One of the mysteries of the English language finally explained.
A large merchant ship, originally one from Ragusa (now Dubrovnik) or Venice.
- ‘We gather this in the opening moments of the play when we hear that his ‘argosies’ (merchant ships), behaving ‘like signors and rich burghers’, are out on the sea.’
- ‘Portia further gives Antonio news that three of his argosies have arrived safely, and gives Lorenzo the deed by which Shylock has made him his heir.’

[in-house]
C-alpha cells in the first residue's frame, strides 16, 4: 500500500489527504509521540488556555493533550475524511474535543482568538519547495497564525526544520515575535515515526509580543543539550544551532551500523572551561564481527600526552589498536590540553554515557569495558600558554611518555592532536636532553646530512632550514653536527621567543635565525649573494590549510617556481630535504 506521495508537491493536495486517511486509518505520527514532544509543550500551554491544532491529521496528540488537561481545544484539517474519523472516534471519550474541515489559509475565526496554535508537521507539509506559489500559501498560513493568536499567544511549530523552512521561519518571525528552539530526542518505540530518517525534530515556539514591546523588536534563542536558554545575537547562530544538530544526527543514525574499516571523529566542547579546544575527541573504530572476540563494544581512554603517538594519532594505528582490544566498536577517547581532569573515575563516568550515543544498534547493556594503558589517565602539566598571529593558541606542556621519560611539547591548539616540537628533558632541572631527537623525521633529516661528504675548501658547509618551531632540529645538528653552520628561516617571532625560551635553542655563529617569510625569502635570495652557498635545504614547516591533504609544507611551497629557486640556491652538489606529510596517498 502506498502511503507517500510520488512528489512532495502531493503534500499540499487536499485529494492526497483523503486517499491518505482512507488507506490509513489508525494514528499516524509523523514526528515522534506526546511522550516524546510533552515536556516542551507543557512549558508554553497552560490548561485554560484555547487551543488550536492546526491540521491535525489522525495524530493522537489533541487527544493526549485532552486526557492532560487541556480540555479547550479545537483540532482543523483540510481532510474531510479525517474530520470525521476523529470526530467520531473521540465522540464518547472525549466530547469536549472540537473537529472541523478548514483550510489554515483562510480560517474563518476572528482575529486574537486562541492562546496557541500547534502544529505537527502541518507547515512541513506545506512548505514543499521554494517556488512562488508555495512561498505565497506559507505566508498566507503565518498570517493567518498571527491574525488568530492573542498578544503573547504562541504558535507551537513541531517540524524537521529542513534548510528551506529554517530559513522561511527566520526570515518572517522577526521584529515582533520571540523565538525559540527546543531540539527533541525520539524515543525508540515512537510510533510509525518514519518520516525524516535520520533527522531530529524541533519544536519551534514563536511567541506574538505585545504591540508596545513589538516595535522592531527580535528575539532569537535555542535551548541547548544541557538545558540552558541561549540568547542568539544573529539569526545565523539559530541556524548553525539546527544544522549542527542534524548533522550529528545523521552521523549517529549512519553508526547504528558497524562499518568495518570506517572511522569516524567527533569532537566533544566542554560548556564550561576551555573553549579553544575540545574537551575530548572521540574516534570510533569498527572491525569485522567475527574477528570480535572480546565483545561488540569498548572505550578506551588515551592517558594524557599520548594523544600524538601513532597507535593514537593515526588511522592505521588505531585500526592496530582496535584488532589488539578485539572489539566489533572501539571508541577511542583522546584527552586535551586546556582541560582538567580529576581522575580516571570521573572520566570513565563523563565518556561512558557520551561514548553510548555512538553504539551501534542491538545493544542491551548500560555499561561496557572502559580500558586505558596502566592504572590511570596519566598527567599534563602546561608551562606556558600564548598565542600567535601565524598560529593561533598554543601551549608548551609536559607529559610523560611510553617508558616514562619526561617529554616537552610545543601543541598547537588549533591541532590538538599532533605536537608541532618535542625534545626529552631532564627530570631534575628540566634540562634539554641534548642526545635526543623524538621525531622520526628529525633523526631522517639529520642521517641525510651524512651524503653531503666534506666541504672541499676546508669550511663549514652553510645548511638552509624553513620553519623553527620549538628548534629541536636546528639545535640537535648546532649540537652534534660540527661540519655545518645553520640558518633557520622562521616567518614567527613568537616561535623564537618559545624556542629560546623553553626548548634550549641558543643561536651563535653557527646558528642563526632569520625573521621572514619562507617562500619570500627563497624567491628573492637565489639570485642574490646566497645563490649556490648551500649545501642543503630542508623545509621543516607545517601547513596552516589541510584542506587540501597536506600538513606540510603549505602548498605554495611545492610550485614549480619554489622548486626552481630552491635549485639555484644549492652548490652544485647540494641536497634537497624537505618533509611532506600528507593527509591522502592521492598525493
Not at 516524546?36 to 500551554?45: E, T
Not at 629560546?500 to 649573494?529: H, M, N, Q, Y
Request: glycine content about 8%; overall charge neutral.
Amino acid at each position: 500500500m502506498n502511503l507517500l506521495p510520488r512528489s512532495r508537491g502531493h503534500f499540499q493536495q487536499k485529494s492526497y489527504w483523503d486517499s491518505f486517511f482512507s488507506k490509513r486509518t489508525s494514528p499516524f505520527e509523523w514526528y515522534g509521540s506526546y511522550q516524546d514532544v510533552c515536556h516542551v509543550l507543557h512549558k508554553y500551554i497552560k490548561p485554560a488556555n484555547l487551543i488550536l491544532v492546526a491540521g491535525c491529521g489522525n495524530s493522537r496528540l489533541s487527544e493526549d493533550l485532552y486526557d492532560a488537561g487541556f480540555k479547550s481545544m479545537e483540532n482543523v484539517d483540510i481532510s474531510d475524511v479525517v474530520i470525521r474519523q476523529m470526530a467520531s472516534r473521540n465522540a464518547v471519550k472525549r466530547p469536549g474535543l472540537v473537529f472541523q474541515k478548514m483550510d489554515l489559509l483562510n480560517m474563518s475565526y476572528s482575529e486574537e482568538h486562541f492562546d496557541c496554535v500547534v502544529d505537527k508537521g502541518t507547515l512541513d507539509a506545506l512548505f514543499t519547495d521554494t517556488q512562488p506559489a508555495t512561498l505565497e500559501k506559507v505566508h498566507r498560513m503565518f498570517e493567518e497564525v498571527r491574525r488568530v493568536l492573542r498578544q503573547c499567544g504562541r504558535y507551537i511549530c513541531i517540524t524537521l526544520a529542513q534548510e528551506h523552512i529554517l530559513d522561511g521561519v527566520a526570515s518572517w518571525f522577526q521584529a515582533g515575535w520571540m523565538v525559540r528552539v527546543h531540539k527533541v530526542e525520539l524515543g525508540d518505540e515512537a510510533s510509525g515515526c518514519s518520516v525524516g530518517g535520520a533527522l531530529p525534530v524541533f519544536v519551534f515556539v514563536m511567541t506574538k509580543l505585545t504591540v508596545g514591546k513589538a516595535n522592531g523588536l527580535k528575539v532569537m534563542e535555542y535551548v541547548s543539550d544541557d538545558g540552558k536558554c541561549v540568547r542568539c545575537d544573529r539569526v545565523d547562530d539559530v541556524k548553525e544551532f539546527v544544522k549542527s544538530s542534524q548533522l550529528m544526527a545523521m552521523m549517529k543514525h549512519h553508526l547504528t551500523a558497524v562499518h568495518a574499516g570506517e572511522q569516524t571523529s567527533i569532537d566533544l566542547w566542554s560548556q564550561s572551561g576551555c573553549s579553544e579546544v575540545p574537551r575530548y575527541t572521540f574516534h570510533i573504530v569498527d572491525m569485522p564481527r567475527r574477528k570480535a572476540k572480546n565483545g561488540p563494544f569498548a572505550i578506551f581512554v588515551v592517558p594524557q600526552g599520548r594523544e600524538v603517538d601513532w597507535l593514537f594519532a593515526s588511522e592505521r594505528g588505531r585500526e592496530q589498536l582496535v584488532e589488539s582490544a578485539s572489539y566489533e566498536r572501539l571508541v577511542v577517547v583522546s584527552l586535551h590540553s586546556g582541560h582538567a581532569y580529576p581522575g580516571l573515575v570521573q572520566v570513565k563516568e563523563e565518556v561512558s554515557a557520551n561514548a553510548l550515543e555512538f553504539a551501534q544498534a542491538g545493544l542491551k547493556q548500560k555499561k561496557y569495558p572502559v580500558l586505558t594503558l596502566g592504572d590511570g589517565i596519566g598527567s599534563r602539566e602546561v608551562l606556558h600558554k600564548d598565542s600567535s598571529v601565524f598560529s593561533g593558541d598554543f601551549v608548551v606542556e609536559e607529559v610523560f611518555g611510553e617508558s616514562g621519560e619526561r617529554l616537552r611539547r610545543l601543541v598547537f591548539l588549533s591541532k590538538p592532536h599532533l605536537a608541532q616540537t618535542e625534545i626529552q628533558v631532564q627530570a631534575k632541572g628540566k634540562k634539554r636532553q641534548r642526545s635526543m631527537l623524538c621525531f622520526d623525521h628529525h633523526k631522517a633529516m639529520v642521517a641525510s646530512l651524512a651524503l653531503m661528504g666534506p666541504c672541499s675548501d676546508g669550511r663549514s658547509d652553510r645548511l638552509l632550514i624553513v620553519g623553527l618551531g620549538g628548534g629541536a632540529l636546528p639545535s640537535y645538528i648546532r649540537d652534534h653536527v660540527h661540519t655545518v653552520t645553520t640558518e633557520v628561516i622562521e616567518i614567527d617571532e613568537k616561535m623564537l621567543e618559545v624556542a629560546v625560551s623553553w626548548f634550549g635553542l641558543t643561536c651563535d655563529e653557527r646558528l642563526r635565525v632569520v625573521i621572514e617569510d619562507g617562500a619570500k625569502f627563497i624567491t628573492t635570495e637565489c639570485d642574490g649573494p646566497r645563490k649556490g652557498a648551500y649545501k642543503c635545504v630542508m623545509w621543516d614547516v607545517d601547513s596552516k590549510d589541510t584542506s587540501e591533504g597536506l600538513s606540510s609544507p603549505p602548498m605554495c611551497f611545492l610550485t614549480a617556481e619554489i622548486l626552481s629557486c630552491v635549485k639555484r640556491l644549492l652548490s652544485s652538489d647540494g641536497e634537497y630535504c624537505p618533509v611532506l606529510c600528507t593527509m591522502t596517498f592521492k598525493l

- ‘Mehta's camera has meticulously scoured and documented the remnants of those many argosies that have arrived unheralded on Indian shores to carry away the loot of its once unparalleled tropical wealth.’
- ‘Antonio's friends suggest that he's worried about his argosies, which he denies.’
Late 16th century: apparently from Italian Ragusea (nave) ‘(vessel) of Ragusa’.
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